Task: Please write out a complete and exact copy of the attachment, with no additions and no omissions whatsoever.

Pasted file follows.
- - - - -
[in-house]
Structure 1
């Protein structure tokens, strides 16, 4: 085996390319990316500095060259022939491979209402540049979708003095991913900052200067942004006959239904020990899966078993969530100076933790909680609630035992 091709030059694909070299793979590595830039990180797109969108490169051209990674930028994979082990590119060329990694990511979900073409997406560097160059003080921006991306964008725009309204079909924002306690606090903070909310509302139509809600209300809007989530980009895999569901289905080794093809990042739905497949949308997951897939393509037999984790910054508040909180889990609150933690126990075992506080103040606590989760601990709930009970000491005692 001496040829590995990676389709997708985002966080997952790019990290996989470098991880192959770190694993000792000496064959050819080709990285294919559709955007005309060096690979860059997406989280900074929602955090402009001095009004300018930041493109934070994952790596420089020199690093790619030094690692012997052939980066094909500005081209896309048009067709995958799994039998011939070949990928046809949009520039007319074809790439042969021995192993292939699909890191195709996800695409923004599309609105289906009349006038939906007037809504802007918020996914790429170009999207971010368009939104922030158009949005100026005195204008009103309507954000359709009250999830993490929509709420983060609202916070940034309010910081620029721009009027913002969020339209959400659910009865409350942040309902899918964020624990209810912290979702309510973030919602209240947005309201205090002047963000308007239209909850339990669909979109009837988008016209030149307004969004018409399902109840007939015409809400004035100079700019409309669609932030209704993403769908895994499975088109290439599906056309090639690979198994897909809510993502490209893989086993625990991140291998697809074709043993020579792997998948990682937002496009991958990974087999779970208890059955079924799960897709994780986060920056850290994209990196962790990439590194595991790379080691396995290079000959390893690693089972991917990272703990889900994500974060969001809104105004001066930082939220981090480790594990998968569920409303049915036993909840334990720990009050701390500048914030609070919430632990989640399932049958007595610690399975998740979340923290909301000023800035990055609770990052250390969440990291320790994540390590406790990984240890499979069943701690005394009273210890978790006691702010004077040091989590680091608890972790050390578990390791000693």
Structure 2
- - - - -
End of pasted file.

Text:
[in-house]
Structure 1
């Protein structure tokens, strides 16, 4: 085996390319990316500095060259022939491979209402540049979708003095991913900052200067942004006959239904020990899966078993969530100076933790909680609630035992 091709030059694909070299793979590595830039990180797109969108490169051209990674930028994979082990590119060329990694990511979900073409997406560097160059003080921006991306964008725009309204079909924002306690606090903070909310509302139509809600209300809007989530980009895999569901289905080794093809990042739905497949949308997951897939393509037999984790910054508040909180889990609150933690126990075992506080103040606590989760601990709930009970000491005692 001496040829590995990676389709997708985002966080997952790019990290996989470098991880192959770190694993000792000496064959050819080709990285294919559709955007005309060096690979860059997406989280900074929602955090402009001095009004300018930041493109934070994952790596420089020199690093790619030094690692012997052939980066094909500005081209896309048009067709995958799994039998011939070949990928046809949009520039007319074809790439042969021995192993292939699909890191195709996800695409923004599309609105289906009349006038939906007037809504802007918020996914790429170009999207971010368009939104922030158009949005100026005195204008009103309507954000359709009250999830993490929509709420983060609202916070940034309010910081620029721009009027913002969020339209959400659910009865409350942040309902899918964020624990209810912290979702309510973030919602209240947005309201205090002047963000308007239209909850339990669909979109009837988008016209030149307004969004018409399902109840007939015409809400004035100079700019409309669609932030209704993403769908895994499975088109290439599906056309090639690979198994897909809510993502490209893989086993625990991140291998697809074709043993020579792997998948990682937002496009991958990974087999779970208890059955079924799960897709994780986060920056850290994209990196962790990439590194595991790379080691396995290079000959390893690693089972991917990272703990889900994500974060969001809104105004001066930082939220981090480790594990998968569920409303049915036993909840334990720990009050701390500048914030609070919430632990989640399932049958007595610690399975998740979340923290909301000023800035990055609770990052250390969440990291320790994540390590406790990984240890499979069943701690005394009273210890978790006691702010004077040091989590680091608890972790050390578990390791000693």
Structure 2